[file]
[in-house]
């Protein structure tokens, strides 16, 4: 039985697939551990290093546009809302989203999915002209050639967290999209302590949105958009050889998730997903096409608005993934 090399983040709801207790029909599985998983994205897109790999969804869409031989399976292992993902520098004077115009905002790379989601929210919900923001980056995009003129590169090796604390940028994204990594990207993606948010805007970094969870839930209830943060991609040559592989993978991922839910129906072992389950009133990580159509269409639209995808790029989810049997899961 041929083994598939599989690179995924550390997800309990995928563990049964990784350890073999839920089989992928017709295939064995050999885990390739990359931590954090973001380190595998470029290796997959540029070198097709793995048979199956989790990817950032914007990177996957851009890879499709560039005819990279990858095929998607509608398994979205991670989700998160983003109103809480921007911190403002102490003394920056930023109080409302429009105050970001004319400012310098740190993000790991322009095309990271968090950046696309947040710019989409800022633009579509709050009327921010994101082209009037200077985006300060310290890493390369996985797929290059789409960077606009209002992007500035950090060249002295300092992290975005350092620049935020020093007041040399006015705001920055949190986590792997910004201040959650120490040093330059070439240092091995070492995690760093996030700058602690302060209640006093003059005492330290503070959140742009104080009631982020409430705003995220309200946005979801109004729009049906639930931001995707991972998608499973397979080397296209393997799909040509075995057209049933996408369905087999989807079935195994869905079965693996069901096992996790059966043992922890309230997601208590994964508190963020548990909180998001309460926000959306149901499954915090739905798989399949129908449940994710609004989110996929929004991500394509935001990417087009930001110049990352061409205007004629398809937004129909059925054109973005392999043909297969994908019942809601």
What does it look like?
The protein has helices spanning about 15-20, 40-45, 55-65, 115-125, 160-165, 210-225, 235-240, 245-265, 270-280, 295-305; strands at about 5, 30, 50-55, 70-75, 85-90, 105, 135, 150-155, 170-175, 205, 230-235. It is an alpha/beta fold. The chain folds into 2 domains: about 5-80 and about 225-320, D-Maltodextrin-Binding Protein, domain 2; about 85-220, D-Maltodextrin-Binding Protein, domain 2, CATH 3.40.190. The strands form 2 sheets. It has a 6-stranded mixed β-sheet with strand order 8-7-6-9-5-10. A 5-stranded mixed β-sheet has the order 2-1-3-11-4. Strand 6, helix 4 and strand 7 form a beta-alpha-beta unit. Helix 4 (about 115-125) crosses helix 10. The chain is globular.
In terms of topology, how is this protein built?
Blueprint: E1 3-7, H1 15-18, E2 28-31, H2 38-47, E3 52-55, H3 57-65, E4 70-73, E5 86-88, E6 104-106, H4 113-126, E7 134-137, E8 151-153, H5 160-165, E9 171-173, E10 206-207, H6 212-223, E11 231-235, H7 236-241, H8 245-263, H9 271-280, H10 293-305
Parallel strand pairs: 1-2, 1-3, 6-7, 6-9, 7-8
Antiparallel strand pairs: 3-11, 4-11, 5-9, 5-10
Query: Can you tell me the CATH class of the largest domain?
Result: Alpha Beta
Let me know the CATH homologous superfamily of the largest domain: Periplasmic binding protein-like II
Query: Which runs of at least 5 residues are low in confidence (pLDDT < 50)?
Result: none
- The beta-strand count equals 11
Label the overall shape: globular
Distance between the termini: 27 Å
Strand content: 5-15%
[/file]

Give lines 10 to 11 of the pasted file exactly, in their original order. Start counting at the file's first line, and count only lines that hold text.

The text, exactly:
Result: Alpha Beta
Let me know the CATH homologous superfamily of the largest domain: Periplasmic binding protein-like II